Award-winning author Robert J. Sawyer was presented the L Ron Hubbard Lifetime Achievement Award at the 39th annual Writers of the Future Awards Gala by Emily Goodwin, VP Public Affairs Author Services, Inc.
Award-winning author Robert J. Sawyer was presented the L Ron Hubbard Lifetime Achievement Award at the 39th annual Writers of the Future Awards Gala.
— Robert J. Sawyer, Writers of the Future judge
HOLLYWOOD, CA, UNITED STATES, May 8, 2023/EINPresswire.com/ — Robert J. Sawyer became the 17th recipient of the L. Ron Hubbard Lifetime Achievement Award for Outstanding Contributions to the Arts for his exceptional work in the field of science fiction and 18 years of dedicated service in discovering new talent as a judge in the Writers of the Future Contest. Emily Goodwin, VP Public Affairs Author Services, Inc., presented the large silver cup to Sawyer at the Writers of the Future 39th Annual Gala held at the Taglyan Complex in Hollywood, California, on Friday, April 28.
Sawyer began his acceptance speech, “Although I entered this Contest when I was starting out, I’ve only ever been on the stage here at the L. Ron Hubbard Presents Writers and Illustrators of the Future gala as a presenter, never an award recipient. I am thrilled to have finally made it!” He continued, “I was blown away: my name being added to the amazing list of past recipients? Wow!”
This award was previously presented to luminaries and masters; Jack Williamson, Frederik Pohl, Algis Budrys, Frank Frazetta, Anne McCaffrey, Frank Kelly Freas, Robert Silverberg, Larry Niven, Jerry Pournelle, Charles Brown, Dr. Gregory Benford, Tom Doherty, Orson Scott Card, Mike Resnick, Larry Elmore, and Bob Eggleton.
The unmatched word master Robert J. Sawyer penned many books spanning all sub-genres of science fiction. He is one of only eight writers in history—and the only Canadian—to win all three of the world’s top Science Fiction awards for best novel of the year: the Hugo, the Nebula, and the John W. Campbell Memorial Award and he’s the first author in thirty years to receive a Lifetime Achievement Aurora Award and many, many more.
Sawyer quipped tongue in cheek, “Now, for those wondering when one gets a lifetime-achievement award—that is, at what age your career is considered over? Here’s the answer: sixty-two! Tomorrow, you see, is my sixty-third birthday; clearly, you’re done achieving when you hit that magic number! But, in that career, one of the things I’m proudest of is being a judge for Writers of the Future. When I was asked to become a judge eighteen years ago, I thought: Me, getting to be part of the incredible group of writers who were already judges? Yes, please!”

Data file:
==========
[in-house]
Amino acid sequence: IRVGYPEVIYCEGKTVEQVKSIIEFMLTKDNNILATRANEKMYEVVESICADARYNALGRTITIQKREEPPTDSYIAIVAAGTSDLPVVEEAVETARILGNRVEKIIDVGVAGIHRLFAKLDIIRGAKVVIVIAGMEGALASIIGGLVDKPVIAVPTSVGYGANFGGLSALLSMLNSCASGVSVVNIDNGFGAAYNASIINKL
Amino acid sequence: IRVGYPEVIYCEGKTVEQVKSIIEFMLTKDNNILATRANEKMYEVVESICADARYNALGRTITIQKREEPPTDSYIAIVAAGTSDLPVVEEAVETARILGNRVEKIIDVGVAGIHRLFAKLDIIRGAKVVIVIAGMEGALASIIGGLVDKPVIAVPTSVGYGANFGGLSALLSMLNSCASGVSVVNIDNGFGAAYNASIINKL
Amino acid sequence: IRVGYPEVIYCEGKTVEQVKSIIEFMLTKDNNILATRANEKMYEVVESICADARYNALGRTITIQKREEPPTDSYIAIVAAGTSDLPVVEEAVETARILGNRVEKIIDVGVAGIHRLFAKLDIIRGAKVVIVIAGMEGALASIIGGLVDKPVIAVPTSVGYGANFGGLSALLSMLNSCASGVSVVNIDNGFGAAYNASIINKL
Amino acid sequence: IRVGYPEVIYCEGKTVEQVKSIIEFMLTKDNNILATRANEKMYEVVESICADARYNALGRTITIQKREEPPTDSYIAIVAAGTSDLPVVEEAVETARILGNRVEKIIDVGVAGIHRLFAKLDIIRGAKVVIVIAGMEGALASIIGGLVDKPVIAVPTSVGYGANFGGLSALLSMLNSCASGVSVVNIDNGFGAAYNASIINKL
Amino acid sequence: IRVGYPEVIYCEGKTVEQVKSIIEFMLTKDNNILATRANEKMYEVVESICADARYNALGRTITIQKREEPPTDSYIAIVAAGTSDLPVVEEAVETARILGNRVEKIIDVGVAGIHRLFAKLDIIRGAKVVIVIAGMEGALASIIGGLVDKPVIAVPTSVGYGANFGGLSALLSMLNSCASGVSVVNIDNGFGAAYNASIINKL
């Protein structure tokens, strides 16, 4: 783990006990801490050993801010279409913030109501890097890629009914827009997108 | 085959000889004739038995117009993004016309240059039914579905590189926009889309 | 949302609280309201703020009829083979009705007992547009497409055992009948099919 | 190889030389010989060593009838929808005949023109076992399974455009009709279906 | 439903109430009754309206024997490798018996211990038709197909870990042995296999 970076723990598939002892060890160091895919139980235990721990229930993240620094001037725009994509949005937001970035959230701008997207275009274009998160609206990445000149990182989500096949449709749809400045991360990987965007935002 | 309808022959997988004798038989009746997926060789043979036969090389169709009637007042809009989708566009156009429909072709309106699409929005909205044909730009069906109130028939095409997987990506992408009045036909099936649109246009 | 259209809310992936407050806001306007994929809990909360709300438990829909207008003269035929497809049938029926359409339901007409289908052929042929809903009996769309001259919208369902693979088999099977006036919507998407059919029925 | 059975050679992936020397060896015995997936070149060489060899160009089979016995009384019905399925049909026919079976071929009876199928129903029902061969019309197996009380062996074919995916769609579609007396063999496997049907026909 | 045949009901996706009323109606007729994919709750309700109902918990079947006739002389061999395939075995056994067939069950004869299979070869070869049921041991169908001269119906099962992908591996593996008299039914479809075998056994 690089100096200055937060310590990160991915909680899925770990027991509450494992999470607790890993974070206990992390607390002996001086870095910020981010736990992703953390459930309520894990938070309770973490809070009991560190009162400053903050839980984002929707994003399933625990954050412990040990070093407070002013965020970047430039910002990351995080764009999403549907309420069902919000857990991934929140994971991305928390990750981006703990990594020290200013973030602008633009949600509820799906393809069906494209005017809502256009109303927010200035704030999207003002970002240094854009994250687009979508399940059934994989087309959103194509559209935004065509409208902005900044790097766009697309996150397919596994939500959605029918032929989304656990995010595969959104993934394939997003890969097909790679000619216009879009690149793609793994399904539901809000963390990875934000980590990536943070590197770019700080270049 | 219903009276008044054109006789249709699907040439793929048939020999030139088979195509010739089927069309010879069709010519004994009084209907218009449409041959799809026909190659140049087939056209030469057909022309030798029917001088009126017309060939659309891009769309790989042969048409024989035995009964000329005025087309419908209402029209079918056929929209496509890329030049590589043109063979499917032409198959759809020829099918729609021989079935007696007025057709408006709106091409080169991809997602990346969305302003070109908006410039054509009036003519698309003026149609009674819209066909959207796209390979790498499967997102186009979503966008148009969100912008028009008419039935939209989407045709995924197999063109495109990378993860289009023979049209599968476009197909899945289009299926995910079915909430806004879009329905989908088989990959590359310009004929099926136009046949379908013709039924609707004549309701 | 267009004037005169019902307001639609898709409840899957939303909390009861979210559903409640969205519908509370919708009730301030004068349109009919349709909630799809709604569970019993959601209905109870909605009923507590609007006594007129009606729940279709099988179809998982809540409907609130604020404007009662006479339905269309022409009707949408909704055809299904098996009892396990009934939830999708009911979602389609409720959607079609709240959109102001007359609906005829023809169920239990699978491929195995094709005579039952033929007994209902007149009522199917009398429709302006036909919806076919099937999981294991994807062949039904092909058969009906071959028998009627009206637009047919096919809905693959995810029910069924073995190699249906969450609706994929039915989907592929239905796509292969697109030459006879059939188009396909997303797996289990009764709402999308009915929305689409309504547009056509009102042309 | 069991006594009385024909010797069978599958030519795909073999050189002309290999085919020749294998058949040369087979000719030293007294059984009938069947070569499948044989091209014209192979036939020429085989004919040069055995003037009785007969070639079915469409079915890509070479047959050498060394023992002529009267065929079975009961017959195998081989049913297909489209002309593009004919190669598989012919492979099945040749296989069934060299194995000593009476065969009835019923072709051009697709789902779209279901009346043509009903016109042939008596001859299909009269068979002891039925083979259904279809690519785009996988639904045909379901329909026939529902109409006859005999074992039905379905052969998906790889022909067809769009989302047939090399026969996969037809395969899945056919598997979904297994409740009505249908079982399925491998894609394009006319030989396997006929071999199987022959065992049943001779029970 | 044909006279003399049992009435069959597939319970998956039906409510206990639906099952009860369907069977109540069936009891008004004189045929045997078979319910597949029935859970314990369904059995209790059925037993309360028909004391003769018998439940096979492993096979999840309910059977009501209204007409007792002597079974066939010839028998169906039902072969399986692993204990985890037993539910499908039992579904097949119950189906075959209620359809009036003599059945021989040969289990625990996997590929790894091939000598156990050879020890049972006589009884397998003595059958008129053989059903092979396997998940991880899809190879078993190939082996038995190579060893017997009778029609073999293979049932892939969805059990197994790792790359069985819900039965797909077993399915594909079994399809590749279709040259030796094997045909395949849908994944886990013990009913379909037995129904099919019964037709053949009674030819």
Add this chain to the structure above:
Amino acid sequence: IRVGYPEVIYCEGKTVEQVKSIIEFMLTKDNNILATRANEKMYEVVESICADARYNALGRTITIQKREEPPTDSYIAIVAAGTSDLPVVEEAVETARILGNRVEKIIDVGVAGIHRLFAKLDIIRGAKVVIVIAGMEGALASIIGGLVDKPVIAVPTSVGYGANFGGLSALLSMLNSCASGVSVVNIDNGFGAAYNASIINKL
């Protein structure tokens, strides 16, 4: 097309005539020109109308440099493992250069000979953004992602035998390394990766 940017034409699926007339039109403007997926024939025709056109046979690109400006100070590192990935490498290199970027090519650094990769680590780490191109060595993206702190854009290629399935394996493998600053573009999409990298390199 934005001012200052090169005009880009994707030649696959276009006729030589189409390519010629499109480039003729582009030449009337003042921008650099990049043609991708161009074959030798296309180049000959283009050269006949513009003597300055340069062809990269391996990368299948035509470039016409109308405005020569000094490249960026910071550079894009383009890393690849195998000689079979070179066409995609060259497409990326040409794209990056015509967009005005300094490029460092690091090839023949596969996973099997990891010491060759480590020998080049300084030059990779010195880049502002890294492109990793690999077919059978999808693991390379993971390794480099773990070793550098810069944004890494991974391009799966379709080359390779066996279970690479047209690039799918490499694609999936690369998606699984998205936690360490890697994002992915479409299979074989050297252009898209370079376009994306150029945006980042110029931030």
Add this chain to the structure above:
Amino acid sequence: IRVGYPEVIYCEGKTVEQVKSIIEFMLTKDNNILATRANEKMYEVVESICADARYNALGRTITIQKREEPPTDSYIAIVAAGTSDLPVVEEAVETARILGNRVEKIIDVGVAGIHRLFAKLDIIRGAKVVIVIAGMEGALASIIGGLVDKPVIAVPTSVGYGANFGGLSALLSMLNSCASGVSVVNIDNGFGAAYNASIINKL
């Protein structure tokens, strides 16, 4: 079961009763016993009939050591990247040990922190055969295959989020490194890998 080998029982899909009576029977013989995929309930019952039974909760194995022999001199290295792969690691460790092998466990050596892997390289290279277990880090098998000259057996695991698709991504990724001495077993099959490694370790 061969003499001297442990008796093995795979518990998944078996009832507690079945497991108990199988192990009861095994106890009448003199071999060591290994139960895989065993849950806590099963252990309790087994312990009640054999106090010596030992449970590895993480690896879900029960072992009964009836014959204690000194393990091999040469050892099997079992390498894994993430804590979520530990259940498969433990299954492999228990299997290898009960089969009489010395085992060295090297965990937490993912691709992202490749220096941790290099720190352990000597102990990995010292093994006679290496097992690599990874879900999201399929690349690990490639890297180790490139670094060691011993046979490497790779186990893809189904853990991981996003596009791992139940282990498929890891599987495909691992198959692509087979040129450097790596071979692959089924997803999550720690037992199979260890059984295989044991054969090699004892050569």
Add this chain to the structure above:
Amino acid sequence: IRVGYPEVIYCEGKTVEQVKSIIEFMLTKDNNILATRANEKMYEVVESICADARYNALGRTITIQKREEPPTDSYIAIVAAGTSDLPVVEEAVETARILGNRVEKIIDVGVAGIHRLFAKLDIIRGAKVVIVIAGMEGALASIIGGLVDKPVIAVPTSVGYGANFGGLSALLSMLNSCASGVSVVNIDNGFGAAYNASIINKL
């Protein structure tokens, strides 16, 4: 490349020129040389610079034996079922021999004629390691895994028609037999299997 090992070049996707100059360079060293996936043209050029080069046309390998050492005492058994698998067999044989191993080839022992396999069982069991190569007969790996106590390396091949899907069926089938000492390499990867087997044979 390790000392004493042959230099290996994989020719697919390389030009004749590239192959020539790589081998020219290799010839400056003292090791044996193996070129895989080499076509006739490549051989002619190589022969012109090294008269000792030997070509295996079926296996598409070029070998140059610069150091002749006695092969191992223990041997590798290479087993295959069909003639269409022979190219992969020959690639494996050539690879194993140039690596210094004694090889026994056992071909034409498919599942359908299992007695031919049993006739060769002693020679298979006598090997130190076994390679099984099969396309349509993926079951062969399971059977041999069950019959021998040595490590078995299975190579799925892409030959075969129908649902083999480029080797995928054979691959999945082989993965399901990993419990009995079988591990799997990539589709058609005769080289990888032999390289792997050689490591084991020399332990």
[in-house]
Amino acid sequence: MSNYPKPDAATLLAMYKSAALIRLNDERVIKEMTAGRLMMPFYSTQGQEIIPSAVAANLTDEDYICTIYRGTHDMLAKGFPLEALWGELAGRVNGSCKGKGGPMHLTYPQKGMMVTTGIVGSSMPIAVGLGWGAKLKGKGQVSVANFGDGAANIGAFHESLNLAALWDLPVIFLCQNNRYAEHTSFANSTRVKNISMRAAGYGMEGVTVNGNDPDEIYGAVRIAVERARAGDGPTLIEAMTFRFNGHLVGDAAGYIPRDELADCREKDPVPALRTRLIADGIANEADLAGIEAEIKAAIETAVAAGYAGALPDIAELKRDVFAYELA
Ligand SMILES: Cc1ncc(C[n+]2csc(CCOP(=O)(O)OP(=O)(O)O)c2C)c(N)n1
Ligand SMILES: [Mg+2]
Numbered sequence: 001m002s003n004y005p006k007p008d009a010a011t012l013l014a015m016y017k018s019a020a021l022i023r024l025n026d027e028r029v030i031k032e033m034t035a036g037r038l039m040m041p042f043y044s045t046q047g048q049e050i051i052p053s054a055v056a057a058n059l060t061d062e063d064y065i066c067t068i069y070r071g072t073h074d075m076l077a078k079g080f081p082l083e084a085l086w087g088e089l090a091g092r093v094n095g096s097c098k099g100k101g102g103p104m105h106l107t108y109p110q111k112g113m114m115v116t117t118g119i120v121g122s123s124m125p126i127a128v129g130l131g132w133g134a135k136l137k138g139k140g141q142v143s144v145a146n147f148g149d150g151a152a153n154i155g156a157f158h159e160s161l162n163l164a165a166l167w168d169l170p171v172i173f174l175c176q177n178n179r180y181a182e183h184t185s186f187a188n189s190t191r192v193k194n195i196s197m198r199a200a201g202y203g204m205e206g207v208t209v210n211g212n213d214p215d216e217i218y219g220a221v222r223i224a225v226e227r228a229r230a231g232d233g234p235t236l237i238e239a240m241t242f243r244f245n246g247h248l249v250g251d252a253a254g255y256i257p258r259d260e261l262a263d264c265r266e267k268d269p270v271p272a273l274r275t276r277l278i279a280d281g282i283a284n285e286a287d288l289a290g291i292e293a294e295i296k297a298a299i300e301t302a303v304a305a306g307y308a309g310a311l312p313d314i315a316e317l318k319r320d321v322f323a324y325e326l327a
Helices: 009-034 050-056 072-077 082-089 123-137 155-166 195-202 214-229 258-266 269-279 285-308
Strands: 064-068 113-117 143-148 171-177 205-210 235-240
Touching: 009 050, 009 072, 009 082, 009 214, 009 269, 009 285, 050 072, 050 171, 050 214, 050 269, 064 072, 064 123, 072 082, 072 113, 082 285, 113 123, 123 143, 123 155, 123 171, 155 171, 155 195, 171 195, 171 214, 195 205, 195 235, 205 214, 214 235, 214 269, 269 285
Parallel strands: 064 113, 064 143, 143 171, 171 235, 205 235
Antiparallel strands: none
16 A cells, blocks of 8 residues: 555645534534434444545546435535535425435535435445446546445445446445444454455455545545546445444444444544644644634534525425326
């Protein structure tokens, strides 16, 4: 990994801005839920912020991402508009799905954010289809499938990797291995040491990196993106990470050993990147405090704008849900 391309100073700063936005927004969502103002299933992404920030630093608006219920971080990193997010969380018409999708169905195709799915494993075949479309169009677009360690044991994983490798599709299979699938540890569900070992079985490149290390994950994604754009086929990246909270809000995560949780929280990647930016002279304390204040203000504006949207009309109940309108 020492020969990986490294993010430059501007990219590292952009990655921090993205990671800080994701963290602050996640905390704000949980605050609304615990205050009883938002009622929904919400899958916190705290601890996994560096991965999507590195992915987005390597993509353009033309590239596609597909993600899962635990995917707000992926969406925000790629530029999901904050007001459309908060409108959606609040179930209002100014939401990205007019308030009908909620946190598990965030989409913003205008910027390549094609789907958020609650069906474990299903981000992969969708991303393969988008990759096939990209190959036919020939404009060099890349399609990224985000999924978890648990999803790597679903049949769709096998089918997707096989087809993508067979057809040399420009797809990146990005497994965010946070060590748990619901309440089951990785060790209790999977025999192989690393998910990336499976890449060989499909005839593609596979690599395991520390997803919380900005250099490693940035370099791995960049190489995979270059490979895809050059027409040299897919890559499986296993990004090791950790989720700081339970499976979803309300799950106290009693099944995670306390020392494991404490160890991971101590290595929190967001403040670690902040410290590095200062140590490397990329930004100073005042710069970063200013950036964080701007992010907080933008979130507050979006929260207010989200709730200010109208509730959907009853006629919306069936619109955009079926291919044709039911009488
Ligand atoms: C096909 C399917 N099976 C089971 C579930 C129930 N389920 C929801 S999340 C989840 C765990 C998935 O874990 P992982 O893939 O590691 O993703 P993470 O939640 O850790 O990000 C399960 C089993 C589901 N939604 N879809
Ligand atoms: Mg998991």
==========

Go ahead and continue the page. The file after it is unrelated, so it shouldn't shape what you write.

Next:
Sawyer has been a Writers of the Future Judge since 2005. He has tirelessly shared his hard-won experience with aspiring writers and promoted the Contest and its purpose wherever and whenever possible. The Canadian publishing trade journal “Quill & Quire” calls him “one of the thirty most influential, innovative, and just plain powerful people in Canadian publishing.”
Sawyer captivated the audience and said regarding his career as a writer, “There’s an irony in me getting this award because, looking back on my career, I did just about everything wrong—at least, that is, according to conventional wisdom.” Then, directly addressing the winners, he stated, “With artificial intelligence able to produce flawless pastiches of any writer who is a brand, is there really a future for the predictable, reliable, wordsmith? So, as you winners tonight embark on your own careers, maybe not having a brand, not being pigeonholed, not being easily imitated might be the right way to go.” He concluded, “You may not get rich, and you may not have the biggest audience—but you might just survive this AI revolution. Maybe, a few decades down the road, you’ll be back on this stage again, taking home a trophy just like this wonderful one: the L. Ron Hubbard Lifetime Achievement Award, an honor that means the world—heck, the galaxy—to me!”
L. Ron Hubbard created the Writers of the Future Writing contest in 1983 to provide “a means for new and budding writers to have a chance for their creative efforts to be seen and acknowledged.” Based on its success, its sister contest, Illustrators of the Future, was created five years later to provide that same opportunity for aspiring artists.
The intensive mentoring process has proven very successful. The 547 winners and published finalists of the Writing Contest have published over 2,000 novels and nearly 6,300 short stories. In addition, they have produced 36 New York Times bestsellers, and their works have sold over 60 million copies.
The 394 past winners of the Illustrating Contest have produced over 700 book and magazine covers, over 6,800 illustrations, 390 comic books, and 1.4 million art prints in circulation.
For more information on the Writing Contest and Illustration Contest and to see the annual awards gala, go to www.writersofthefuture.com.